Watch this space: the Web heads for the small screen

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The Independent Online
The establishment of British Interactive Broadcasting could mark the coming of age of the Internet as a marketing tool. "Surfing" is still a niche activity: at best 3 per cent of British households have a World Wide Web connection, and despite frenetic growth the figure will barely top 20 per cent by 2000. Most Internet users are moreover young, white, male and middle class.

Excitement about the Net being "the cheapest form of advertising" has dissolved as most companies have discovered their World Wide Web sites have attracted little interest and no business. Those that have been successful have either sold to the young, male market (software, CDs, sportswear), or have cracked a specific business niche - Americans buy air tickets in their millions online.

What BIB is doing is offering Internet on the telly: viewers who subscribe will be able to surf using a keyboard linked to the TV by an infra-red ray. Other companies will be providing something similar: the US company Net Channel hopes to get "Web TV" packages in the shops by the end of the year, and cable companies must soon make a similar offering. As 93 per cent of households have a television, the Net is set to become a mass medium.

Although the BIB system lets big companies offer (non-Internet) home shopping and banking, Web TV will allow smaller operators to challenge them - up to a point. According to BIB's commercial director Chris Townsend, "we will not be allowing sites like Internet shopping malls into our Internet offering because they would be direct competition to our interactive retail". The exact nature of the embargo is not clear: Townsend says the Internet Bookshop, a "virtual" store that allows you to buy any British book in print, and delivers it by post will be allowed on board. The Internet Bookshop's sales are limited now by the size of the Internet market - but if its service is available through the television set, it will become a mass-market player alongside WH Smith and Waterstones. Some existing intermediaries see a mass-market Net as an opportunity as well as a threat. Boots, for example, has a Web site that is aimed mainly at women, and is waiting for the day it will reach more of them via the television. Furthermore, Boots is determined to use the interactive potential of the Internet to "personalise its message".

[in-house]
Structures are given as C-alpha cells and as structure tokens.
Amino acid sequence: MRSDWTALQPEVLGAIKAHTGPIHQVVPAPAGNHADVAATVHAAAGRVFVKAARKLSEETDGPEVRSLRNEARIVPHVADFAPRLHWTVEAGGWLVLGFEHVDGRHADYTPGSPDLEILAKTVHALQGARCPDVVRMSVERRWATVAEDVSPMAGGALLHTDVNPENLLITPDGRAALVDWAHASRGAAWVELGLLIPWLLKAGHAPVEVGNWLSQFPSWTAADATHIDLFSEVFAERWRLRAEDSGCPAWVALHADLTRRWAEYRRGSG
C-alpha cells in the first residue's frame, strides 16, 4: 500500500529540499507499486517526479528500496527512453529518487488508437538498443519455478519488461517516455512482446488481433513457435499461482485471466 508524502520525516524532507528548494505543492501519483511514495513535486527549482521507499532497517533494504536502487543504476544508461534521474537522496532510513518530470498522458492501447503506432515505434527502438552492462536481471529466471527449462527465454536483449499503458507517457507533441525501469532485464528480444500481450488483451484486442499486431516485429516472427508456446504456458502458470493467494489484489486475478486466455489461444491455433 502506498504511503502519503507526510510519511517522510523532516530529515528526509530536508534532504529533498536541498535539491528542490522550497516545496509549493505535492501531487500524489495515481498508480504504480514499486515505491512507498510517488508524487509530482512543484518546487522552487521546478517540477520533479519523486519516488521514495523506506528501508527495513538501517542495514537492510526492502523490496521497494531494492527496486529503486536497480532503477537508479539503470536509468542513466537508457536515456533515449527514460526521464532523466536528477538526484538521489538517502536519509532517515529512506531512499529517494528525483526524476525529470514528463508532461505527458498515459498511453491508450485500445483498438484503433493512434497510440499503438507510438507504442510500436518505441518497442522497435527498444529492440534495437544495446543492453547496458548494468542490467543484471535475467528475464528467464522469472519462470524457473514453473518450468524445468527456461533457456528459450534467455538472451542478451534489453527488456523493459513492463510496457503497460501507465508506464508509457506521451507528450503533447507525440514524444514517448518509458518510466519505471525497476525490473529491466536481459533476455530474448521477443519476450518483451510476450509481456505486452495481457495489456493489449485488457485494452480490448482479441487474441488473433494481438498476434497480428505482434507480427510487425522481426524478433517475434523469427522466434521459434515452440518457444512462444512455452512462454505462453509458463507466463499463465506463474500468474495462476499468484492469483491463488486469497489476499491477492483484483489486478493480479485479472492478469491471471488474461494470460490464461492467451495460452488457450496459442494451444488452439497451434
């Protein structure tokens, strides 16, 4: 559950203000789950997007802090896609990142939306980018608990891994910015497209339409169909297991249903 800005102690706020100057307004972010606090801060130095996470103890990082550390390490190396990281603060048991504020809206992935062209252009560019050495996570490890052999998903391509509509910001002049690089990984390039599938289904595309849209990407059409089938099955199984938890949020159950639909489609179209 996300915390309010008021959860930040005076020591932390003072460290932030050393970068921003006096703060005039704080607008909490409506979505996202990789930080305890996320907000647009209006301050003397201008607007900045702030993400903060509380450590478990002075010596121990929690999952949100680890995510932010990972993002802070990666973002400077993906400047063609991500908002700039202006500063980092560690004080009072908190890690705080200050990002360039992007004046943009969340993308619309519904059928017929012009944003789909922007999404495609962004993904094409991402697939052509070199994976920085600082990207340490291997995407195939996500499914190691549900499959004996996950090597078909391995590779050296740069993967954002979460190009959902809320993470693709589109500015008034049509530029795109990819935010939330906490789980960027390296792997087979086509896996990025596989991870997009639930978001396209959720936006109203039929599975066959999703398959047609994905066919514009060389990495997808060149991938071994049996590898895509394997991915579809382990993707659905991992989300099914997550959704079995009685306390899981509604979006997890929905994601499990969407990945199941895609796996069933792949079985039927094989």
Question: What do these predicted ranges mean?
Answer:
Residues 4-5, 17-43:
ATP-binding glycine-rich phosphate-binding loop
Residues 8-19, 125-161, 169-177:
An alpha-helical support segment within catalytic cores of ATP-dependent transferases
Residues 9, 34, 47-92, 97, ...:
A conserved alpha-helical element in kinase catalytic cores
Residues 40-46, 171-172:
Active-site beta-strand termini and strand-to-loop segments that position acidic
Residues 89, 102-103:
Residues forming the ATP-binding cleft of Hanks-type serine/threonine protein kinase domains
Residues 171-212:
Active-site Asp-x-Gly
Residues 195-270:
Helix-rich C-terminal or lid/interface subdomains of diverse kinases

But there may be a problem. Web pages are designed to be viewed from 3ft away, whereas a TV viewer might sit 12ft away. Existing teletext services use big print, and cannot fit many words onto a screen. Web pages will have to be adapted to make them suitable for television viewing - and if that makes them less interesting, they may not attract quite the audience their proponents hope.

David Bowen edits 'Net Profit', a non-technical business newsletter about the Internet. Tel: 0181 355 6836.